Don’t give thieves access to your data when you clean house
Imagine the grin on a data thief’s face when they realize they hit the jackpot: a thoughtlessly discarded computer processor in a dumpster.
Or maybe they come across it at a thrift store, or even have it shipped to their door off eBay. By the way, if you want to learn more about your options for disposing of old hardware, click here.
Many people don’t think about the implications of failing to secure data on old hardware, and data thieves bank on this ignorance as they collect more sensitive information on discarded equipment.
What’s the worst than can happen?
It’s a valid question.
Why bother wiping or encrypting your ancient hardware, if everything you used it for has gone the way of the floppy disk?
Well, for starters, you may be legally or policy bound to properly secure data on old hardware. HIPAA has a security rule that requires that all private health information (from old prescription bottles to the files on an old computer) is properly destroyed before disposal.
If HIPAA regulations don’t apply to you, it’s easy to assume your data is old or benign enough to remain without securing. But the danger is in forgetting that one time you used a printer to scan Social Security cards, or banking account information, or an application that included private information.
It’s not worth the risk of handing valuable data over to that grinning thief.
Your options for securing data on old hardware
There are several options to keep your private data out of the wrong hands when you dispose of old office equipment.
You’ve got four basic options:
- Donate to a charitable organization that will wipe your data before selling. Goodwill Industries, for example, will wipe your hard drive to the standards of the United States Department of Defense. For free.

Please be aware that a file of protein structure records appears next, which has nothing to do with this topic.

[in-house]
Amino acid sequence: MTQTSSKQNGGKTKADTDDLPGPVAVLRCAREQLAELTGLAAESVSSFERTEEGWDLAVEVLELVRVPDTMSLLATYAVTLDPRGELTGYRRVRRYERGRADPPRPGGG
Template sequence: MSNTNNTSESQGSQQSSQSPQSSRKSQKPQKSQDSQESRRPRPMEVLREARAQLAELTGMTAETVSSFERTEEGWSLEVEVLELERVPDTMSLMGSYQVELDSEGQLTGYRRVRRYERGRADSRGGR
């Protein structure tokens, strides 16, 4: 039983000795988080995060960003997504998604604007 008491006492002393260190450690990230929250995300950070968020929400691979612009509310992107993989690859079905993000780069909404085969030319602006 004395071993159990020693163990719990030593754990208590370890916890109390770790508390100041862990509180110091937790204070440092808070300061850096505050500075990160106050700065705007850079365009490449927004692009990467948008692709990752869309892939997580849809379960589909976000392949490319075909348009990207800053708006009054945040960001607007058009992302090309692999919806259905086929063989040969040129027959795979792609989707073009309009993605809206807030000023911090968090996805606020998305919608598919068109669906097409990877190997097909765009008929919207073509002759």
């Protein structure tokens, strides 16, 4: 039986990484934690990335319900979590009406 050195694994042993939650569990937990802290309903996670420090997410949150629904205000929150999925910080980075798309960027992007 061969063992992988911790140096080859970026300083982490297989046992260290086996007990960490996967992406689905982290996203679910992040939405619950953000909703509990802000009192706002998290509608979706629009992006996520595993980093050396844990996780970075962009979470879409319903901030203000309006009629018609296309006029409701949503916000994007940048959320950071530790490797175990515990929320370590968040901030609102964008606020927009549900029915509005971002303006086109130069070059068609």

- Encrypt your hard drive. This is an affordable option that leaves a jumble of gibberish to anyone who tries to break in. Here are some tips for encrypting your data.
- Have your old hardware commercially wiped. There are commercial services who use software (or even purging with powerful magnets) to wipe your data. Though this option is hands-off for your organization, and nice if you have multiple retiring devices, it can also be pricey.
- Wipe your data in-house. Here are some application-based options for DIY wiping, along with their limitations. You can also buy devices that will wipe hard drives, but keep in mind that in-house methods can be very time-consuming. If you only have a machine or two to wipe, these are good options, but a whole retiring fleet of computers could occupy you for weeks.
Don’t forget these other devices may have drivers
It’s not just computer processors you need to be aware of when you’re securing data on old hardware.
These may also contain drivers that need to be properly secured:
- Printers with scanners
- Flash drives
- External hard drives
Want to learn more about securing your personal and business data?
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